First published in 1969, A Proposal for the Fulfillment of Catholic Liberal Education — also known as the “Blue Book” — has served as the founding and governing document of Thomas Aquinas College for more than 50 years. Its fruits are a testament to its prescience and its wisdom.
In the subsequent half century, the College has grown from little more than an idea, as outlined in these pages, to one of the preeminent institutions of Catholic higher learning in the United States, inspiring many other schools, colleges, and universities in the burgeoning movement to renew Catholic liberal education. Having long ago reached maximum capacity at its California campus, the College opened a second campus in New England in 2019. On both coasts, the College remains faithful to the vision of genuine Catholic liberal education outlined in the Blue Book, and, God willing, will do so as long as it continues to exist.
In a key passage, the Blue Book describes faith as a light “which illumines understanding and serves as an indispensable guide in the intellectual life,” bringing the student to truth about nature and nature’s creator. “Contrary to what is often assumed,” it continues, “liberal education does not take place in spite of or even apart from the Christian faith. Rather, the Christian student, because of his faith, can be liberally educated in the most perfect and complete way.”
Catholic liberal education is best characterized in the words of St. Anselm that serve as the Thomas Aquinas College’s motto, faith seeking understanding. Both the teacher and learner believe the fullness of the Christian message and desire to understand it more perfectly … to see, as much as is possible in this life, what is first believed.
At Thomas Aquinas College, we pursue such understanding under the guidance of our patron, St. Thomas Aquinas, as the Church has for centuries encouraged the faithful to do. The First Vatican Council elevated St. Thomas to the premier status of “teacher of the Church.” Pope Leo XIII said that St. Thomas’s theology was a “definitive exposition of the Christian faith.” And in Fides et Ratio, Pope St. John Paul II said, “the Church has been justified in consistently proposing St. Thomas as a master of thought and a model of the right way to pursue theology.”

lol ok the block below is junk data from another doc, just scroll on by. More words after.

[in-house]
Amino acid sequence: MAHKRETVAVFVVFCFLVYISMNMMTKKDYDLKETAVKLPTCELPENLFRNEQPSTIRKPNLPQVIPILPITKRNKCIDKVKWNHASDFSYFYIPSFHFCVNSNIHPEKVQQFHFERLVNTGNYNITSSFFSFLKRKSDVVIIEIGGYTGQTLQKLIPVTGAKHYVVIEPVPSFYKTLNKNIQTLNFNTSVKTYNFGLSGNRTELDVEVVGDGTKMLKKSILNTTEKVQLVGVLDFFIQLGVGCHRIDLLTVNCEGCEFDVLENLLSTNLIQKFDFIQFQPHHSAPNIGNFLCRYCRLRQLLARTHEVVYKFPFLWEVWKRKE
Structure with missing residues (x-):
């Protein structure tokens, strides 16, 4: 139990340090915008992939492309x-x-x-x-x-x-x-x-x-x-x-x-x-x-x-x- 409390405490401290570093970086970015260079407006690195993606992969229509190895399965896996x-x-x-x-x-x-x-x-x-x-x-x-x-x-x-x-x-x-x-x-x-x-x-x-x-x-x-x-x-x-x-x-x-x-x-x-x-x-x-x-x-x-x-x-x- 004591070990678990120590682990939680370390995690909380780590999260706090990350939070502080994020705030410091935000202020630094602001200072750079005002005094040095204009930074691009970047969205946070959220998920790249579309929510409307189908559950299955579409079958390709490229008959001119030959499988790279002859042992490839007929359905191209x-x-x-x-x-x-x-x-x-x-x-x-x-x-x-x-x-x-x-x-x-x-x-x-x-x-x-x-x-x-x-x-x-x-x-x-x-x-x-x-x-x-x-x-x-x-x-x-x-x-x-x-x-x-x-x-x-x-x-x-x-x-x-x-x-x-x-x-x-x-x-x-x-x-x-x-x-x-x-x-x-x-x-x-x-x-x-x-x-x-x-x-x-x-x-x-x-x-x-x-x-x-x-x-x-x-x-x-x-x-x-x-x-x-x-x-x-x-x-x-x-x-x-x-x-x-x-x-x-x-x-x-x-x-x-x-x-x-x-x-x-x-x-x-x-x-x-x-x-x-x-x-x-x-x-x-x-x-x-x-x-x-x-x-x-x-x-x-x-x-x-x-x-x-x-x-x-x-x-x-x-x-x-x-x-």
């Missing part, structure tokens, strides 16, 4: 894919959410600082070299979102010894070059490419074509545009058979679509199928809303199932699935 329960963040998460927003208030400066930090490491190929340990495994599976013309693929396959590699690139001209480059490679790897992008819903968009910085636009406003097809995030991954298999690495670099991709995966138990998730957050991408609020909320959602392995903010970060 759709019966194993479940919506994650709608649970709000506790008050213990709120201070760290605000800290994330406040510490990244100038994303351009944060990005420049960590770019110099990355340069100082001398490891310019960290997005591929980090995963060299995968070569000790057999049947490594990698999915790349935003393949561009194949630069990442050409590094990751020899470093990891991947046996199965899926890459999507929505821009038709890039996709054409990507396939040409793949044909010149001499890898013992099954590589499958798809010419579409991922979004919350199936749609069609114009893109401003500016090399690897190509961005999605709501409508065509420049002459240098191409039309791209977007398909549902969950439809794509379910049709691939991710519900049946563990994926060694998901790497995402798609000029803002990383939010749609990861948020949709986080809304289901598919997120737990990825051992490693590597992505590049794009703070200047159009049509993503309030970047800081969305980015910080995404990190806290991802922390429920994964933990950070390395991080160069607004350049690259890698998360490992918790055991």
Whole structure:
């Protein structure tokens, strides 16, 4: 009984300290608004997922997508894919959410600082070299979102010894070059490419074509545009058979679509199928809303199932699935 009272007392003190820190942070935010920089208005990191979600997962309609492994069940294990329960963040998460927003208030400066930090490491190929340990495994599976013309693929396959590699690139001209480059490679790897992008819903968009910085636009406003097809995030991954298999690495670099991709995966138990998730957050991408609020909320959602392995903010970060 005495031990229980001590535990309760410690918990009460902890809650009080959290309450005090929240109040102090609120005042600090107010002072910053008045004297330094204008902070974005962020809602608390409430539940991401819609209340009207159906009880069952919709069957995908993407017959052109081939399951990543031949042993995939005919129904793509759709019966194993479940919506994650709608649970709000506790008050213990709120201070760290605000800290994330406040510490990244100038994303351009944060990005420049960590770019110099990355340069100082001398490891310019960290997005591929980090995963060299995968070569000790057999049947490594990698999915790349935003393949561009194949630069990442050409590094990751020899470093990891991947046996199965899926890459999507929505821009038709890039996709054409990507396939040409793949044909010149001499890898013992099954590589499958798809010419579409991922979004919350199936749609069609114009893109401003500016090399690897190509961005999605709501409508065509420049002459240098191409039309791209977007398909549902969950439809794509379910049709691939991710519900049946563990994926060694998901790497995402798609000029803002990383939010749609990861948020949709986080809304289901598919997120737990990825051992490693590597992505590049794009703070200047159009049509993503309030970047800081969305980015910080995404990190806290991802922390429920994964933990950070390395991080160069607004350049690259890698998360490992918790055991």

St. Thomas is so important because his principles, methods, and chief doctrines — as well as those of Aristotle, on whom his work securely rests — are true in their own right, and his methods are sound. Taken together, his teaching and example provide a trustworthy path to understanding the Catholic faith, while allowing for a deeper appreciation of the life-giving mysteries revealed in Scripture, in the tradition of the Church, and in the world God has created.
Aiding them in this pursuit, students at Thomas Aquinas College also study the other principal disciplines: logic, mathematics, natural science, language, music, and literature. While themselves rich sources of knowledge, these interrelated disciplines are the means by which, as Hugh of St. Victor says, “the lively soul enters the secrets of philosophy.” They lead the attentive student on a comprehensive tour of reality, culminating in the philosophical and theological contemplation of God Himself. In this way, the College’s unified curriculum allows students to see with their own eyes the unity of all truth and the harmony between faith and reason.
The curriculum conducts this tour of reality by carefully examining the Great Books, rather than textbooks. These masterworks of our civilization teach us to address the questions we all must confront; they speak to our deepest yearnings, touch our most profound tribulations, and celebrate our greatest joys.
Finally, classes at the College involve lively conversation and serious engagement with the thoughts of others. The Discussion Method helps to form the intellectual and moral virtues, not only increasing students’ knowledge and love of God, but also fitting them for lives of service to Church, country, and community, regardless of what specific vocations or professions they pursue.
This proposal was first drafted in the spring of 1968 by the late Ronald P. McArthur and the late Marcus R. Berquist, and it was revised not long after with the help of the late John W. Neumayr. Dr. McArthur served as president of Thomas Aquinas College for its first 20 years, and then as a member of the College’s faculty alongside Mr. Berquist and Dr. Neumayr. The discussion of wonder as the proper motive for leading the intellectual life was contributed by Edmund Dolan, F.S.C., late professor of philosophy at St. Mary’s College of California.
As Thomas Aquinas College continues to attract students and faculty of exemplary character and noble aspirations to pursue its educational program on both coasts, we pray that God will continue to bless its efforts as He has so abundantly in the past.
Paul J. O’Reilly , Ph.D.